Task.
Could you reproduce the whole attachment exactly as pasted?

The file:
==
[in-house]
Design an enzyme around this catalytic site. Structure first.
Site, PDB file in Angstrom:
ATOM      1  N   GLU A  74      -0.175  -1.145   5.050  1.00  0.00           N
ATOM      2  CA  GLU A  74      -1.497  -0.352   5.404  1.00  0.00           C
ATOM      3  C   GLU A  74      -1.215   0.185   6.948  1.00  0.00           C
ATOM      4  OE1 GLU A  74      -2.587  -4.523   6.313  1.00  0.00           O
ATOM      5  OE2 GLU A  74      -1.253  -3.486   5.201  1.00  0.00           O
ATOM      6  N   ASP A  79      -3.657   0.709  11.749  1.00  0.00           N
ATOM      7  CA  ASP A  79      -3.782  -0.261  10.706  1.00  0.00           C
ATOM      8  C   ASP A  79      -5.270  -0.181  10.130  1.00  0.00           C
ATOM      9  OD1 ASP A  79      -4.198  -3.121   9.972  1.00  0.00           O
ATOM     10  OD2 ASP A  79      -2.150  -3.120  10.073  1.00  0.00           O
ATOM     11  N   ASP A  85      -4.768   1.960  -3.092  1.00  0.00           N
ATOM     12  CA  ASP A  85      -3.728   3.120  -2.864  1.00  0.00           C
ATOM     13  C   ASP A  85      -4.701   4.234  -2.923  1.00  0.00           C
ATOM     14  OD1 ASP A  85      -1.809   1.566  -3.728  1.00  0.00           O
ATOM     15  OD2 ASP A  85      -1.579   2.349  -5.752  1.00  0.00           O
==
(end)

[in-house]
Design an enzyme around this catalytic site. Structure first.
Site, PDB file in Angstrom:
ATOM      1  N   GLU A  74      -0.175  -1.145   5.050  1.00  0.00           N
ATOM      2  CA  GLU A  74      -1.497  -0.352   5.404  1.00  0.00           C
ATOM      3  C   GLU A  74      -1.215   0.185   6.948  1.00  0.00           C
ATOM      4  OE1 GLU A  74      -2.587  -4.523   6.313  1.00  0.00           O
ATOM      5  OE2 GLU A  74      -1.253  -3.486   5.201  1.00  0.00           O
ATOM      6  N   ASP A  79      -3.657   0.709  11.749  1.00  0.00           N
ATOM      7  CA  ASP A  79      -3.782  -0.261  10.706  1.00  0.00           C
ATOM      8  C   ASP A  79      -5.270  -0.181  10.130  1.00  0.00           C
ATOM      9  OD1 ASP A  79      -4.198  -3.121   9.972  1.00  0.00           O
ATOM     10  OD2 ASP A  79      -2.150  -3.120  10.073  1.00  0.00           O
ATOM     11  N   ASP A  85      -4.768   1.960  -3.092  1.00  0.00           N
ATOM     12  CA  ASP A  85      -3.728   3.120  -2.864  1.00  0.00           C
ATOM     13  C   ASP A  85      -4.701   4.234  -2.923  1.00  0.00           C
ATOM     14  OD1 ASP A  85      -1.809   1.566  -3.728  1.00  0.00           O
ATOM     15  OD2 ASP A  85      -1.579   2.349  -5.752  1.00  0.00           O